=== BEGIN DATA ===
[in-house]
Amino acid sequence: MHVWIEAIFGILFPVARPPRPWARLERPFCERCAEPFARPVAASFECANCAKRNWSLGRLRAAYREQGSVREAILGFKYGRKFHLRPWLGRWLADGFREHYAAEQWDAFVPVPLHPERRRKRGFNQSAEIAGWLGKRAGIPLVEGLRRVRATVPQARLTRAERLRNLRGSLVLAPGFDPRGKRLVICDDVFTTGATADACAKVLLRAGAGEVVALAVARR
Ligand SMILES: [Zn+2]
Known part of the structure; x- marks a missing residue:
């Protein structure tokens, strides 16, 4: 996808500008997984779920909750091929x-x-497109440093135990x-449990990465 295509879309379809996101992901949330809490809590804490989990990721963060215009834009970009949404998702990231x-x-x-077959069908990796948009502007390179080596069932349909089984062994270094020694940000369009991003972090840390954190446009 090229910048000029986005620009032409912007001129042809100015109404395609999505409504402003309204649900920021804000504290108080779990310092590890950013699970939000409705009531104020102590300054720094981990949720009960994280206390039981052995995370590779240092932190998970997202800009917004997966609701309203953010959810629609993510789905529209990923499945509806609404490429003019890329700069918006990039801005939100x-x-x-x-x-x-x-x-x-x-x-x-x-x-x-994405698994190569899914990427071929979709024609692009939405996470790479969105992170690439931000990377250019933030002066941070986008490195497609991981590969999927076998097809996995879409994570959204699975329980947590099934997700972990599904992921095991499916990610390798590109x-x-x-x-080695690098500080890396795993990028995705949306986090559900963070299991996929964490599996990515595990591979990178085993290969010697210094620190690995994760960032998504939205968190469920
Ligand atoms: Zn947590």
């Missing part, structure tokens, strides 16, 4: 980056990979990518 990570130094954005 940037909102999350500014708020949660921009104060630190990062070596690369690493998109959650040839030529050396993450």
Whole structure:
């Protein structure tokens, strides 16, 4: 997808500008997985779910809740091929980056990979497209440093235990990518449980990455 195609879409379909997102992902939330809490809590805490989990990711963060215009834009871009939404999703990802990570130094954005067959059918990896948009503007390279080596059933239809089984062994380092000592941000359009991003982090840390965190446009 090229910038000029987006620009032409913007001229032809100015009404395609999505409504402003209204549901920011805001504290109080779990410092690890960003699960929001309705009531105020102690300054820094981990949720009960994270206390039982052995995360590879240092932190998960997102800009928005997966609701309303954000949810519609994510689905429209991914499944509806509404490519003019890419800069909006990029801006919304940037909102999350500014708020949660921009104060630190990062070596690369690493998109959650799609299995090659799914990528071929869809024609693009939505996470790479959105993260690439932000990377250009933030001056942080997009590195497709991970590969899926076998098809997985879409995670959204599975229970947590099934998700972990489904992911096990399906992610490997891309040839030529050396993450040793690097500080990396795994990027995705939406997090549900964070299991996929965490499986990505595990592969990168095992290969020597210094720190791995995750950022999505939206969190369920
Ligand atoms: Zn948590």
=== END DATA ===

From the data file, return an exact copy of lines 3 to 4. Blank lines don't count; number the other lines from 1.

Ligand SMILES: [Zn+2]
Known part of the structure; x- marks a missing residue: